For their part, Northwestern University administrators began an investigation of Dr. Bailey's research in later 2003 (there is no evidence that they investigated the sex complaint). The inquiry, which lasted almost a year, brought research to a near standstill in Dr. Bailey's laboratory, and clouded his name among some other researchers, according to people who worked with the psychologist. "That was the worst blow of all, that we didn't get much support" from Northwestern, said Gerulf Rieger, a graduate student of Dr. Bailey's at the time, and now a lecturer at Northwestern. "They were quite scared and not very professional, I thought."

A spokesman for the university declined to comment on the investigation, which concluded in 2004. One collaborator broke with Dr. Bailey over the controversy, Dr. Bailey said. Others who remained loyal said doing so had a cost: two researchers said they were advised by a government grant officer that they should distance themselves from Dr. Bailey to improve their chances of receiving financing. "He told me it would be better if I played down any association with Bailey," said Khytam Dawood, a psychologist at Pennsylvania State University.

Dr. Bailey said that the first weeks of the backlash were the worst. He tried not to think about the accusations, he said, but would wake up in the middle of the night unable to think of anything else. He took anti-anxiety pills for a while. He began to worry about losing his job. He said that friends and family supported him but that some colleagues were afraid to speak up in his defense. "They saw what I was going through, I think, and wanted no part of it," he said.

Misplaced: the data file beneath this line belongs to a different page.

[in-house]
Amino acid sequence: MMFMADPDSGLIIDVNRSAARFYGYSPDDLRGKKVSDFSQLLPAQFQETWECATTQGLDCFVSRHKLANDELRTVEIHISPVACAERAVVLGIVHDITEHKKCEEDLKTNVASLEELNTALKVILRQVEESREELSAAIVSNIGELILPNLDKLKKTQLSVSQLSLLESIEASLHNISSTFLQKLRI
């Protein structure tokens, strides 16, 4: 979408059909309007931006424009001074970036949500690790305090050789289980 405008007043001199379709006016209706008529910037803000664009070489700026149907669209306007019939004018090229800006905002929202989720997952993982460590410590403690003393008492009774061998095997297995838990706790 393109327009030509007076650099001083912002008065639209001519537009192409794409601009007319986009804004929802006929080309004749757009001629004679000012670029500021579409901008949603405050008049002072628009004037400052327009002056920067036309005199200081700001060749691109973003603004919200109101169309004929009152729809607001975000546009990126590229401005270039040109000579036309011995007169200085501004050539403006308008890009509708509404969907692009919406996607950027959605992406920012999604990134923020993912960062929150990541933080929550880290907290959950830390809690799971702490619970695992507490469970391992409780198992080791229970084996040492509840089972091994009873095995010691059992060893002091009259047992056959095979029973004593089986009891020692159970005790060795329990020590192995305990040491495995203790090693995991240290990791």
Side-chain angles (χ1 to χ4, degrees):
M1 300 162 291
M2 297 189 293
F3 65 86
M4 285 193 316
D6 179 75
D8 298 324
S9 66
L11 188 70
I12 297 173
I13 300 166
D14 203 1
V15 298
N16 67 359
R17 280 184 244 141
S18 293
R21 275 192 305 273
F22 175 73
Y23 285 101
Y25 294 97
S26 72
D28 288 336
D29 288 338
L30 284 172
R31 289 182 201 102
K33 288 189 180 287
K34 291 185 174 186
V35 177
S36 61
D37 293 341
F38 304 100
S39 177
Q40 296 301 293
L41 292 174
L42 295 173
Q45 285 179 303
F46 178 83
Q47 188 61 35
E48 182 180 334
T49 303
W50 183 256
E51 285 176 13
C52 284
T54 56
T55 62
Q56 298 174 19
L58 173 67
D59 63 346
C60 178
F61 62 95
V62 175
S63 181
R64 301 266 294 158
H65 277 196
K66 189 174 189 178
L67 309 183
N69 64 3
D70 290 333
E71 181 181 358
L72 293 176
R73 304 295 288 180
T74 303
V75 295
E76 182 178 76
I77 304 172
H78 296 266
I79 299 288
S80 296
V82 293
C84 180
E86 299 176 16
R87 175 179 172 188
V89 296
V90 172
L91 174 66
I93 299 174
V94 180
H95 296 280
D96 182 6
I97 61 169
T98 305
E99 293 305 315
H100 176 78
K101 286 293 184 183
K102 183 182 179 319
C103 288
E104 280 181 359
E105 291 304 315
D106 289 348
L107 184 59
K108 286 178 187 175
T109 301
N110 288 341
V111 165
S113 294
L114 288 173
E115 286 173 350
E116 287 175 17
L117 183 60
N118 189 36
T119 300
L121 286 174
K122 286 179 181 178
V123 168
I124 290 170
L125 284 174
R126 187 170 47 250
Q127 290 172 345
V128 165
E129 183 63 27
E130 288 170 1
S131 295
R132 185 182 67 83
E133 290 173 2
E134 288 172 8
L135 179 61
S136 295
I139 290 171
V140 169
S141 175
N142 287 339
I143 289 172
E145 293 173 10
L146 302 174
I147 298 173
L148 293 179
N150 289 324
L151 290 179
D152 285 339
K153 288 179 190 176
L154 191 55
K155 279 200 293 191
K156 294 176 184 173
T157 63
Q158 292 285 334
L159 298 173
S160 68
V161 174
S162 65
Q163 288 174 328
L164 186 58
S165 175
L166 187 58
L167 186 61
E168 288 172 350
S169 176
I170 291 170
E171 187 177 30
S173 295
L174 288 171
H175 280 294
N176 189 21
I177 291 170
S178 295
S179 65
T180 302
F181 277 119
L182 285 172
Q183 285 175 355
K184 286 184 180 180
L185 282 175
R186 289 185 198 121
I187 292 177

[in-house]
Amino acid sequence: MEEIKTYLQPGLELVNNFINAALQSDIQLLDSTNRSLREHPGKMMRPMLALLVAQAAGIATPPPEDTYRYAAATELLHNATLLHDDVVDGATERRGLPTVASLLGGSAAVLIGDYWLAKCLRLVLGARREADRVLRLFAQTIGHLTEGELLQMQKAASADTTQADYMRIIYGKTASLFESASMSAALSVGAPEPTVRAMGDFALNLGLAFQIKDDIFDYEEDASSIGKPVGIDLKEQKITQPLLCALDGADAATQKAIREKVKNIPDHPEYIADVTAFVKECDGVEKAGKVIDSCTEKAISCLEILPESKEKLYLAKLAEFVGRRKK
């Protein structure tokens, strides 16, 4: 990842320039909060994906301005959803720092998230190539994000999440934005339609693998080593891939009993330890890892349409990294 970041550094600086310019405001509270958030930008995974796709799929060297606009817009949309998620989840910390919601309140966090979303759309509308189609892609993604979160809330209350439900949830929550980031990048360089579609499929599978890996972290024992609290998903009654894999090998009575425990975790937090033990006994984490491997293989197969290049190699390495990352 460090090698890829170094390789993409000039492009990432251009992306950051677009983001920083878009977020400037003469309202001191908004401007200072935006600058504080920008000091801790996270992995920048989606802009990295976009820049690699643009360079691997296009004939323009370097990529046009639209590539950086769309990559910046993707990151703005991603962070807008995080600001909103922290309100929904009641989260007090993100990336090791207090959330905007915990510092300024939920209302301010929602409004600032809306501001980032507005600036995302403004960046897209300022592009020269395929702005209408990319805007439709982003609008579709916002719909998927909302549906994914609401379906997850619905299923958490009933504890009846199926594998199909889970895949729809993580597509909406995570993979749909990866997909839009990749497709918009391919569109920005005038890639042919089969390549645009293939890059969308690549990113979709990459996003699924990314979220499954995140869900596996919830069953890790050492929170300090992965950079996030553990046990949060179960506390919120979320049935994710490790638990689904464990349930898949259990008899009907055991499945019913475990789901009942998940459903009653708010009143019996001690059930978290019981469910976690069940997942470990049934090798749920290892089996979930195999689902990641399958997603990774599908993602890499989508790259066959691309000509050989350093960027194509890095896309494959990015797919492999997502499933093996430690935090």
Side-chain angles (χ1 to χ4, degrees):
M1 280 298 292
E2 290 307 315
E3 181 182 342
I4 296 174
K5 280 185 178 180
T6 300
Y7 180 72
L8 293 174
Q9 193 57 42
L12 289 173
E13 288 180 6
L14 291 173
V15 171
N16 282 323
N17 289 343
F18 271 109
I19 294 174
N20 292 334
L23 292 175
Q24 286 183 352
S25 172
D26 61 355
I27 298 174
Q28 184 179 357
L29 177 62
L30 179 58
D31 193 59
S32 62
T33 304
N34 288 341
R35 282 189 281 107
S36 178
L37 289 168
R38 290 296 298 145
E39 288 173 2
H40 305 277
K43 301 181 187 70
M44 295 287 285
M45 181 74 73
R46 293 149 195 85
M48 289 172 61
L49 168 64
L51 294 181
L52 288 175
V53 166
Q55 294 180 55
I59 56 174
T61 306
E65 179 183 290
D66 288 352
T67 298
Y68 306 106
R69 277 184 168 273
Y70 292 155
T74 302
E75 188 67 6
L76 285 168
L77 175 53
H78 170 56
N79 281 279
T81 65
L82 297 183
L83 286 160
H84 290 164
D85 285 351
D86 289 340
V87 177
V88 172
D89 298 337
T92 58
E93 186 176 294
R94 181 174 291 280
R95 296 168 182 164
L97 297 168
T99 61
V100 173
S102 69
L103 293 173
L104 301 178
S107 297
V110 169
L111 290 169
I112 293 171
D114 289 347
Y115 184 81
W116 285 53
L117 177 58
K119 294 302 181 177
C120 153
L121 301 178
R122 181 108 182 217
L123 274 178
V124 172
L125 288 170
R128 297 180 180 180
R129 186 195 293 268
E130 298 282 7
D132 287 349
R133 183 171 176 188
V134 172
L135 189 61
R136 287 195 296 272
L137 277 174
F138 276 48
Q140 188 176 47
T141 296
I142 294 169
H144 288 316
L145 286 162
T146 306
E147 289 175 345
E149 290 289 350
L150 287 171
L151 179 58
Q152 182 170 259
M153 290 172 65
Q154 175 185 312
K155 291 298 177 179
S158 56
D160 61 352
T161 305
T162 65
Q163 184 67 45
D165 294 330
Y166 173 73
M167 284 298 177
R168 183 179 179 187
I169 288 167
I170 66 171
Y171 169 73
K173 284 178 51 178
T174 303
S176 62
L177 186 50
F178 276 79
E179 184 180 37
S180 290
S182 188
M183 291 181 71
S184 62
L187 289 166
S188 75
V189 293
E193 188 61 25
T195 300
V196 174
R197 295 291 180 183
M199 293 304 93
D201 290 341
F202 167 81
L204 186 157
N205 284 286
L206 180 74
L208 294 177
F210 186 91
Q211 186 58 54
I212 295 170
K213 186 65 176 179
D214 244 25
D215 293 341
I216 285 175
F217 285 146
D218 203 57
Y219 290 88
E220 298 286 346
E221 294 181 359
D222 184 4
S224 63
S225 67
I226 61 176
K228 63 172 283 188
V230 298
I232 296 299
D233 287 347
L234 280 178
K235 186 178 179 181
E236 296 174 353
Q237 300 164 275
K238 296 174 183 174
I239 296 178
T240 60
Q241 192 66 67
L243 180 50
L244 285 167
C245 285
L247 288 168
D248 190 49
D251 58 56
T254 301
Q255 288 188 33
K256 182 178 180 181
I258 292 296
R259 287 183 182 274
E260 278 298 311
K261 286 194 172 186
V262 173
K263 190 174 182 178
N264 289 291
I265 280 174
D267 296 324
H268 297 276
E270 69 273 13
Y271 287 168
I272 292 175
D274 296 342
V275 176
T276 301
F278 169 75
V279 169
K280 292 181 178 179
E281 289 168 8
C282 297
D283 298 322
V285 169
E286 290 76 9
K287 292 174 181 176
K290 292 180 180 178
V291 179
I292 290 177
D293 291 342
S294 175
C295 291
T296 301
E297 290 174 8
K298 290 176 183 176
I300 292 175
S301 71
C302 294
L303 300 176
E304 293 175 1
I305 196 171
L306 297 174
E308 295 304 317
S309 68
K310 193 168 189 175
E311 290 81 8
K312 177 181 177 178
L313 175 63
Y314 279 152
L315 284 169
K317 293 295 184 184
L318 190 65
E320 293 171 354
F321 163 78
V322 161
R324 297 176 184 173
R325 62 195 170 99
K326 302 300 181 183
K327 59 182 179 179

The fog of war, which can overwhelm the senses of real soldiers, can also descend on academic feuds, and it seems to have done so on this one. In October 2004, Dr. Bailey stepped down as chairman of the psychology department. He declined to say why, and a spokesman for Northwestern would say only that the change in status had nothing to do with the book. These unknowns seem if anything to have extended the life of the controversy, which still simmers online.

"I think for me, for the work I do, honestly, I don't really care what his theories are," said Mara Keisling, executive director of the National Center for Transgender Equality, of Dr. Bailey. "But I do want to feel like any theories that affect the lives of so many people are based in good science, and that they're presented responsibly."

But that, say supporters of Dr. Bailey, is precisely the problem: Who defines responsible? And at what cost is that definition violated? It is perhaps fitting that the history of this conflict, which caught fire online, is being written and revised continually in the online encyclopedia Wikipedia, which is compiled and corrected by users. The reference site provides a lengthy entry on Dr. Bailey, but a section titled "Research Misconduct," which posts some of the accusations Dr. Dreger reviewed, includes a prominent warning. It reads: "The neutrality of this section is disputed."